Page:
Bali is a place more in tune with nature than any other I’ve been to. Coming from a big city where trees are cut down, concrete is poured in place of grass, and glass condo towers multiply as the months pass -- being in Bali allows me to change how I view nature, and also how I view physical spaces and structures.
Balinese architecture leaves many walls ‘open’ meaning a room still has four walls and a ceiling, but there are decorative openings so that the room is more connected with the surrounding nature. I love this aspect. I love that birds can sometimes slip into rooms, but then slip out just as seamlessly. Bugs may come, but then they go.
A majority of the school’s classrooms are outdoors on elevated tiled platforms with a ceiling. There are four posts holding up the ceilings and then bamboo curtains around the perimeter. Our kitchen is a small one that accommodates only two people at a time. Our dining area and common area are outdoors with a canopy over-head. What all this means is that there are very few quiet indoor places here. We are always connected with nature, but also with one another. In fact as I write this post in one of the classrooms, one of the cats just jumped in through the window, saw me, and left.
For an introvert who extracts creativity from quiet places, this can pose a slight problem. It’s difficult for me to find the right place to sit down and write since I need quiet and privacy to do so. It’s easy to think about bringing a computer down to the beach and then just typing away, but there are complications with that. Then there’s curling up in a cozy chair with paper and pen, but we don’t have cozy chairs here. As a result of what I don’t have here, I’ve completely begun to view physical rooms in a much more mindful way. I’m left thinking back to Western style homes and their abundance of rooms that hardly get used, and the ways that I’d use them if I had them now.
Apartment living in Toronto was the first step towards more mindful living because it required me to be more creative since I only had a few rooms -- the bedroom, living room, tiny bathroom, and kitchen area. In 400 square feet I had to think about a certain section being the designated writing area for instance.
When you have lots of space, there's plenty of opportunity to design it in a creative way. I've felt myself drifting towards a more minimalist lifestyle in recent months (being without a home and living out of a backpack makes this quite easy), but I still do appreciate spaces with exceptional attention to detail.
In Seminyak, Bali (the luxury, upscale part of Bali) there's a restaurant/bar called La Favela which is without a doubt one of the most beautiful restaurants I've ever stepped in. I couldn't believe the attention to detail in all rooms as I took a stroll through the quiet restaurant on an early afternoon. The rooms had different eclectic themes and styles, and I would have spent time sitting in each room appreciating them individually (if I had the time and money). This too is an example of Balinese inspired design that merges nature with the buildings structure. The middle of the restaurant is basically a courtyard full of aged green trees, bridges, and tables and chairs. This is a place that was mindfully created and meticulously managed. No corner or wall was wasted.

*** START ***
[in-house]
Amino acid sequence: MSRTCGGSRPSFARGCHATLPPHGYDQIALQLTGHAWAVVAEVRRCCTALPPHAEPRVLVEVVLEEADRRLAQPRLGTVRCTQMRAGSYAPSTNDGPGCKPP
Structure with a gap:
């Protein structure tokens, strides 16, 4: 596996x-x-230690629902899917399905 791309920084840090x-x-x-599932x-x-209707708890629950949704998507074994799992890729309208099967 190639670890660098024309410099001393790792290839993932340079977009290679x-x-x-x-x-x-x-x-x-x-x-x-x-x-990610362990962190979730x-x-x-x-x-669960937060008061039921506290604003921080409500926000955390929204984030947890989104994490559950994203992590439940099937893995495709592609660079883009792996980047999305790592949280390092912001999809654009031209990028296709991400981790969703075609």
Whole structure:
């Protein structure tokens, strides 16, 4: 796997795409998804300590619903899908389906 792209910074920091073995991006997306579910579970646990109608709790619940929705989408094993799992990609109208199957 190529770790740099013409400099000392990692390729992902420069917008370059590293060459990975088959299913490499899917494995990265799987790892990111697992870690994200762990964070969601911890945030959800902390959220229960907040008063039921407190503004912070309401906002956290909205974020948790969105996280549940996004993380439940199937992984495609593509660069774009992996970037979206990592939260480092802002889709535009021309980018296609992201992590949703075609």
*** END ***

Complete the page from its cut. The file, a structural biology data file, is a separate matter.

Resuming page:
Then there’s also plenty of healthy habits out there to be more mindful around the home, and these can incorporated alongside mindful designing. Appreciate the physical space you have — many people live with far fewer rooms.
Clear out a room that isn’t being used and make it a quiet sitting room if you need to. Transform a guest room into a room that you spend time in when there are no guests in the house. Appreciate your backyard as a space that connects you to nature. Maybe your entire basement is empty and not being used- maybe taking in a new tenant is the way to go. Why waste the space when someone else could appreciate it? Create a minimalist meditation room, a sun-lit yoga room, or a room with only a canvas to do your art. Maybe a sitting room with two chairs to have private conversations with someone (with a bin outside the door to drop all electronics into). Perhaps a room to cover in maps and photos of the places you’ve travelled to. A room for siestas, and a room to sing in. A room with an aquatic theme- water fountains and blue hues. These are some ideas, and I'm sure you have plenty of them too.
The home is an extension of you. It represents your interests and personality. What do unfinished and un-used rooms say about you? Think of rooms more mindfully. I’d argue that if you run out of unique ways to purpose your rooms, then maybe you have too many of them.
Don’t waste your space; reimagine what could be.
What can you do to enhance your space?